A drawn out procurement by the City of Tallinn for new trams reached a pleasant conclusion as a manufacturer was found and the trams will cost tens of millions less than the city had expected.
Tallinn announced in April that the buying process for new trams, which had been drawn out for various reasons over three years, had finally found a manufacturer for the city's tram order. Polish company Pesa will be building 23 new trams for Tallinn at a total cost of €52 million.
Tallinn Deputy Mayor Andrei Novikov (Center) told ERR that such a price tag was a bit of a surprise for the city, as the projected price tag had been higher.
"Based on market research as well as previous experience, we planned on the trams costing a total of €71 million," Novikov said. "When we received the tender, we were surprised to discover that something can end up cheaper right now too, and that the winner, Pesa, offered [a price of] €1 million per tram."
Market research had suggested a price of €3 million per tram, he added.
The lower price also means that while the procurement had originally been for the purchase of eight trams with the option for another 15 trams, the City of Tallinn will now instead just buy out all 23 trams at once. The city is expected to receive the new trams in 2024 and 2025.
According to the deputy mayor, however, the lower price does not mean that the trams being ordered will be in any way poorer quality. "They should meet all modern tram requirements," he said, adding that the specialists at city transport company Tallinna Linnatranspordi AS (TLT) are going over all of the details with a fine-toothed comb.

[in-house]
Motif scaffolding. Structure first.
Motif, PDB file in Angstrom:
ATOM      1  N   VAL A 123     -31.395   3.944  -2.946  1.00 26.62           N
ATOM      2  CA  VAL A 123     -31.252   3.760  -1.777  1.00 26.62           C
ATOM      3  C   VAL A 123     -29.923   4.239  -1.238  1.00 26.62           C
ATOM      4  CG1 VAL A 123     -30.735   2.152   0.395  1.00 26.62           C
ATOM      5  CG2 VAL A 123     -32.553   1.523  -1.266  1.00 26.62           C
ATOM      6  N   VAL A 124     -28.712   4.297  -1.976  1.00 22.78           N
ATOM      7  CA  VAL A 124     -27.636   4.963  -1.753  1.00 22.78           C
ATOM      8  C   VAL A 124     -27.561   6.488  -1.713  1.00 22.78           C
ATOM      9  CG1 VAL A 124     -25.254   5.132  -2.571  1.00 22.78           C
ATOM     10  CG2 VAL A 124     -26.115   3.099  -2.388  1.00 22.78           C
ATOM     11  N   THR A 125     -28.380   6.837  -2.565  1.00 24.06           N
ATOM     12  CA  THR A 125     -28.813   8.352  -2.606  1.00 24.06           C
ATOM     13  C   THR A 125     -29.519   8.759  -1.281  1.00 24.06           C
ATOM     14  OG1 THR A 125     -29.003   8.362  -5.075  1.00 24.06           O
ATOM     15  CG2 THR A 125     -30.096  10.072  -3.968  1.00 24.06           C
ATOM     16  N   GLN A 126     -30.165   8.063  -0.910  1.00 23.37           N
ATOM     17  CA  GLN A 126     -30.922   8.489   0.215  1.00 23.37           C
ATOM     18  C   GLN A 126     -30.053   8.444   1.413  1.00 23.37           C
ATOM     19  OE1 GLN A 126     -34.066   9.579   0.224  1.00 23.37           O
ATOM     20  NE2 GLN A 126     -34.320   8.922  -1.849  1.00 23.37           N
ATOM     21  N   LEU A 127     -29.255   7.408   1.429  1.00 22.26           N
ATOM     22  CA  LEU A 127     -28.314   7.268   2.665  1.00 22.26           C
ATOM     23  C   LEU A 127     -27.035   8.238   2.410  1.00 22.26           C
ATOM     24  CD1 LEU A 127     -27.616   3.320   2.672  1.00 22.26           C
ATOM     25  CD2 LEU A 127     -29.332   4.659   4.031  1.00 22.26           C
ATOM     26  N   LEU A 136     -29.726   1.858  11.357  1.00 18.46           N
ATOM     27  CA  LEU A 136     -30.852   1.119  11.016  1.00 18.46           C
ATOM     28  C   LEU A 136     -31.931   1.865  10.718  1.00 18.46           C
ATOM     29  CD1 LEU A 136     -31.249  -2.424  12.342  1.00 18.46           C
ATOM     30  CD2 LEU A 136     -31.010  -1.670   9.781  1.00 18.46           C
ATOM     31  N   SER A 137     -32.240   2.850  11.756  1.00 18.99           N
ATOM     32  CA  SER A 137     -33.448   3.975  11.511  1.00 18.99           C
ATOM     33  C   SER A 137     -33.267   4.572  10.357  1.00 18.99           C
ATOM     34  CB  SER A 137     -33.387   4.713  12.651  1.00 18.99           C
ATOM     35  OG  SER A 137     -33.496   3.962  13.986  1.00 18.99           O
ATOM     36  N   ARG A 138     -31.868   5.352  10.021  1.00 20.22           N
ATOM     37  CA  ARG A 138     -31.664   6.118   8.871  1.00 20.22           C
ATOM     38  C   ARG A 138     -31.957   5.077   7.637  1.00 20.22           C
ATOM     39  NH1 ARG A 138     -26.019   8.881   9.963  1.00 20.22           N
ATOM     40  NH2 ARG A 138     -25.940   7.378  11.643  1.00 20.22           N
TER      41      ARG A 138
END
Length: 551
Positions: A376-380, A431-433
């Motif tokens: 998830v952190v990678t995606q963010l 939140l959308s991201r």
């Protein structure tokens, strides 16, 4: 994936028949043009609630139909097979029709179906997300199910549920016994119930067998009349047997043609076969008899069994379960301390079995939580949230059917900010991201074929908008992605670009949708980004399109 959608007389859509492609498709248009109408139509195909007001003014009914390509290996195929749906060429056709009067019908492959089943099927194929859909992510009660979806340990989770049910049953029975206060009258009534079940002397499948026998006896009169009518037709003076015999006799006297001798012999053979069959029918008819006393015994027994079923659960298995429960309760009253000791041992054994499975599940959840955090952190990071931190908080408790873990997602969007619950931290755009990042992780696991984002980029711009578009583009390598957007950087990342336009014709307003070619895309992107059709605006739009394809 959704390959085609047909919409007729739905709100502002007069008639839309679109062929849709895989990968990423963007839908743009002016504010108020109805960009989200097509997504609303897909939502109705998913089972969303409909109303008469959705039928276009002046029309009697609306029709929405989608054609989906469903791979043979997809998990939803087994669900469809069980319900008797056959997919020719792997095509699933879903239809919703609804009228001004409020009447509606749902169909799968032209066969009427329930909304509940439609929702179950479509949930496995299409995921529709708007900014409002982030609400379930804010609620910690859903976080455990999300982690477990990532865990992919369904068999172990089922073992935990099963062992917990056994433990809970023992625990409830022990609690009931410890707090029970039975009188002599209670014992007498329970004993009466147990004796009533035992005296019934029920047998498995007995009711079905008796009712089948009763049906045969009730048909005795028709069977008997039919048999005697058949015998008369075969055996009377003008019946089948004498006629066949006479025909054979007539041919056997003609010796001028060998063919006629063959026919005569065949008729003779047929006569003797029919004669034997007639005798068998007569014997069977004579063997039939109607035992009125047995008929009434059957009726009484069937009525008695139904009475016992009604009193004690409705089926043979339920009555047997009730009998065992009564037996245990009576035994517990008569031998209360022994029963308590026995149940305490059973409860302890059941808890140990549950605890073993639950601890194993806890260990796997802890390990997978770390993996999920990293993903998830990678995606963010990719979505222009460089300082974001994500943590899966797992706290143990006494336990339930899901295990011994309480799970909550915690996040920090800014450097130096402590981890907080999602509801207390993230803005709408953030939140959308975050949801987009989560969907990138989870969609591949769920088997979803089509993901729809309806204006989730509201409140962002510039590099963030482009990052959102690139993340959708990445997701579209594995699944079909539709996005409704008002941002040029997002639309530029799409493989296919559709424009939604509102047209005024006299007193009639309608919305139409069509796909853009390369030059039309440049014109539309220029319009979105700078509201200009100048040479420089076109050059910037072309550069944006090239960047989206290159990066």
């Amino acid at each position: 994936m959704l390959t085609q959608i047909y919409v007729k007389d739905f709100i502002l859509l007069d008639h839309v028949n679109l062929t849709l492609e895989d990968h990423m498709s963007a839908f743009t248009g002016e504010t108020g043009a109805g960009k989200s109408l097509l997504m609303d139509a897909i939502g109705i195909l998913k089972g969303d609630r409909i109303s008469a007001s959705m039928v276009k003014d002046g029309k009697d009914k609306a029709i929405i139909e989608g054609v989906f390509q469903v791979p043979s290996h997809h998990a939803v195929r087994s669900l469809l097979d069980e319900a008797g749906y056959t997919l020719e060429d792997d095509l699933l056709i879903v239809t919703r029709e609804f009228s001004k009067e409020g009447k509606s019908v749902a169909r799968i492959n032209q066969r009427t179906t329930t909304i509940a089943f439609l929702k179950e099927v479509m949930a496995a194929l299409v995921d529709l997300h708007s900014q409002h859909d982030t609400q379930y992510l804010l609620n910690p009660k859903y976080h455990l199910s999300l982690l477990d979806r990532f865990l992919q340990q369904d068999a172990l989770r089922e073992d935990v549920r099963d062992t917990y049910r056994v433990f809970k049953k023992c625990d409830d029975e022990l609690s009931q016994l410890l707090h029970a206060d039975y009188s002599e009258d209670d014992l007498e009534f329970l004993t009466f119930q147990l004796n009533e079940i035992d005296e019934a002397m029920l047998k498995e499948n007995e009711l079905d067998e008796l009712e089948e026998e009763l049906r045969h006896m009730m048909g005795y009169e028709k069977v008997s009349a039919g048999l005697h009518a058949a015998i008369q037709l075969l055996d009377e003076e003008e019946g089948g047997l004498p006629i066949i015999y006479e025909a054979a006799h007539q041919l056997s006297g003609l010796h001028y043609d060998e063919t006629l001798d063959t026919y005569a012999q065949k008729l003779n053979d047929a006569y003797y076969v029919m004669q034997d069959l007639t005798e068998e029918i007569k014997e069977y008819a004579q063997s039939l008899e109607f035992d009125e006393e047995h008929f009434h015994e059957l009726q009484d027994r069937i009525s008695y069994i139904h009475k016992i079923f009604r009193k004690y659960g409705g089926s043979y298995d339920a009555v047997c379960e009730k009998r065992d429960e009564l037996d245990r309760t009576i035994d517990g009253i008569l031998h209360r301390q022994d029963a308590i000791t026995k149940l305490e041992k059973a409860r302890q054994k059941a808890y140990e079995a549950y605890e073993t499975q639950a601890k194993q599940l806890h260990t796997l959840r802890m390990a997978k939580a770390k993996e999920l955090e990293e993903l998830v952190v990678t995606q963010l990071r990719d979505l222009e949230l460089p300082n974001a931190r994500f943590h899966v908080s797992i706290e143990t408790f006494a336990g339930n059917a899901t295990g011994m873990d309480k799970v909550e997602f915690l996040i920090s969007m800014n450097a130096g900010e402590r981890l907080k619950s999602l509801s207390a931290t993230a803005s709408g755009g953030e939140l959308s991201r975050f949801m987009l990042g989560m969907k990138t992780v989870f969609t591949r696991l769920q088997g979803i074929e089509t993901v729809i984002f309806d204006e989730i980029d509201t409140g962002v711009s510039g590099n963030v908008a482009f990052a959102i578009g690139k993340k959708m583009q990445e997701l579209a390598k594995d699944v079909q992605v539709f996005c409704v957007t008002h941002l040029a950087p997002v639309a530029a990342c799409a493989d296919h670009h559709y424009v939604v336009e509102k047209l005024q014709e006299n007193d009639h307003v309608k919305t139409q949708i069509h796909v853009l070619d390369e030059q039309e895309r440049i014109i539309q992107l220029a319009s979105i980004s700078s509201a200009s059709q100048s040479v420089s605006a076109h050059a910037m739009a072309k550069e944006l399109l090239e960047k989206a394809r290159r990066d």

Novikov noted that building trams for Tallinn is actually "somewhat of a custom job" for manufacturers, as tram tracks in Tallinn are 1,067 mm (also known as 3 ft 6 in) gauge, not the 1,435 mm standard gauge predominant in Western Europe.
He also explained that a cheaper procurement also doesn't mean that the city now has several tens of millions of extra euros to its name, as this was prospective external financing anyway. Now Tallinn will be buying the trams with its own money, and is slated to pay its first installment this year already.
The procurement-winning Pesa will be building Tallinn 23 new Pesa Twist trams. The five-door Twist is 28.6 meters long, seats 65 and has a capacity of 300 riders. The new trams are largely low-floored as well.
The City of Tallinn first announced a procurement for new trams in December 2018. Half a year later, the first procurement was declared a flop, as not a single qualifying tender had been submitted.
Tallinn public transport operator TLT currently operates a rolling stock of 64 trams.
Editor: Aili Vahtla